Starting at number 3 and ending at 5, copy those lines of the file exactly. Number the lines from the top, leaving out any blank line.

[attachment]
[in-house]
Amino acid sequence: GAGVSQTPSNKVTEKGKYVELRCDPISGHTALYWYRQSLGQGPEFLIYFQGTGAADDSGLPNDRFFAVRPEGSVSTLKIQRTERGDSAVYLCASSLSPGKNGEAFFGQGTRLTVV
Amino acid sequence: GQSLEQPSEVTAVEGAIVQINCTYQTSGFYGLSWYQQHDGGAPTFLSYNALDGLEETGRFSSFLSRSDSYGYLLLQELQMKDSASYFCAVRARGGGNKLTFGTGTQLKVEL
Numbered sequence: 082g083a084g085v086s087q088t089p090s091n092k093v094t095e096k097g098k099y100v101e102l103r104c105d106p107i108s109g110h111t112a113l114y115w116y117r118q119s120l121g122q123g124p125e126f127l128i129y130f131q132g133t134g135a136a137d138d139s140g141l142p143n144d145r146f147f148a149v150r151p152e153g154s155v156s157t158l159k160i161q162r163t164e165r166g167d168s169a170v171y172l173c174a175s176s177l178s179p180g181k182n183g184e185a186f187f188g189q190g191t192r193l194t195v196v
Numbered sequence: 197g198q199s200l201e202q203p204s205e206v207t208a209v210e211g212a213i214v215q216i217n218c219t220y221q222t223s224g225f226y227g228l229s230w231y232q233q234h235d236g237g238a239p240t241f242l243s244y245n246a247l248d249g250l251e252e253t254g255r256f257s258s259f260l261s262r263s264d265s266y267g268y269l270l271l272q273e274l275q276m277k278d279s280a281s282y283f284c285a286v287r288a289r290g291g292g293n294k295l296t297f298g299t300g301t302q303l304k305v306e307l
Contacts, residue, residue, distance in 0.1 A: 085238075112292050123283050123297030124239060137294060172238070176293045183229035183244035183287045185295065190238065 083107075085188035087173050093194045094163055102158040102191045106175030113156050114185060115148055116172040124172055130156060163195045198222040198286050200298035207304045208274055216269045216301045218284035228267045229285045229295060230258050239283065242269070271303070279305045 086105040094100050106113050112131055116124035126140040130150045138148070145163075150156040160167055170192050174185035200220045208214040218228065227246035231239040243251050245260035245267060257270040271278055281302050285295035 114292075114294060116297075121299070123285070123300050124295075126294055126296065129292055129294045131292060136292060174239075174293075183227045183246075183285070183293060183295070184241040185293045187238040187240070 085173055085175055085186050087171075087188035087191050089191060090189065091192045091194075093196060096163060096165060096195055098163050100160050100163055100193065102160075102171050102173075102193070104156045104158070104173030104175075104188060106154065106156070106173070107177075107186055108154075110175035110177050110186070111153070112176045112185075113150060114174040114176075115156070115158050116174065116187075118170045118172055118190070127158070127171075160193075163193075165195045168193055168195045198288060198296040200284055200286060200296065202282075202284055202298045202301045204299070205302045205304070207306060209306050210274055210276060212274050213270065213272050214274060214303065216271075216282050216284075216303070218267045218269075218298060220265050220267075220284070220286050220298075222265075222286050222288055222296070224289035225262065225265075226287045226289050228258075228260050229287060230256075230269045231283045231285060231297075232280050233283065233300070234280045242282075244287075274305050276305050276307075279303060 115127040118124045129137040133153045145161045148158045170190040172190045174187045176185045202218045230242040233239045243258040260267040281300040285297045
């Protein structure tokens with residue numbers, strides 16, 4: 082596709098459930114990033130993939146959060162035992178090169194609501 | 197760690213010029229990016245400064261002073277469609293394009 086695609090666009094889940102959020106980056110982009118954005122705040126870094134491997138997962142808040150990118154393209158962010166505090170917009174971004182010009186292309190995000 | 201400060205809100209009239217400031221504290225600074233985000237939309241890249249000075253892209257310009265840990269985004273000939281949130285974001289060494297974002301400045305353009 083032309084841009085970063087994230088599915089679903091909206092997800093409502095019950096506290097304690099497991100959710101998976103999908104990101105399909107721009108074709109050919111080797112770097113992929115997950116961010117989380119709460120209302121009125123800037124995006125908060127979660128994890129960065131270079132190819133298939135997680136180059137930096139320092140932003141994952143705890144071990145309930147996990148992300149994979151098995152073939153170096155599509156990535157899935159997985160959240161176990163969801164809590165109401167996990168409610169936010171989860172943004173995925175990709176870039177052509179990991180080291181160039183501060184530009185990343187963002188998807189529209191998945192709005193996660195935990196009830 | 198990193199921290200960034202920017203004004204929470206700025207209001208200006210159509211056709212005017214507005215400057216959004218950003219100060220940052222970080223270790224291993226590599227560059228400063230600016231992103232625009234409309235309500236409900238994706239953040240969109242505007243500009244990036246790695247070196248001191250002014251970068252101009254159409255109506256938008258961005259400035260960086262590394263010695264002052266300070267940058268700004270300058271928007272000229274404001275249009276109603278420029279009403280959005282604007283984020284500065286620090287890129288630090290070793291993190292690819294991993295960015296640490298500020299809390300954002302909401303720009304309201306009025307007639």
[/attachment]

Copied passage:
Amino acid sequence: GQSLEQPSEVTAVEGAIVQINCTYQTSGFYGLSWYQQHDGGAPTFLSYNALDGLEETGRFSSFLSRSDSYGYLLLQELQMKDSASYFCAVRARGGGNKLTFGTGTQLKVEL
Numbered sequence: 082g083a084g085v086s087q088t089p090s091n092k093v094t095e096k097g098k099y100v101e102l103r104c105d106p107i108s109g110h111t112a113l114y115w116y117r118q119s120l121g122q123g124p125e126f127l128i129y130f131q132g133t134g135a136a137d138d139s140g141l142p143n144d145r146f147f148a149v150r151p152e153g154s155v156s157t158l159k160i161q162r163t164e165r166g167d168s169a170v171y172l173c174a175s176s177l178s179p180g181k182n183g184e185a186f187f188g189q190g191t192r193l194t195v196v
Numbered sequence: 197g198q199s200l201e202q203p204s205e206v207t208a209v210e211g212a213i214v215q216i217n218c219t220y221q222t223s224g225f226y227g228l229s230w231y232q233q234h235d236g237g238a239p240t241f242l243s244y245n246a247l248d249g250l251e252e253t254g255r256f257s258s259f260l261s262r263s264d265s266y267g268y269l270l271l272q273e274l275q276m277k278d279s280a281s282y283f284c285a286v287r288a289r290g291g292g293n294k295l296t297f298g299t300g301t302q303l304k305v306e307l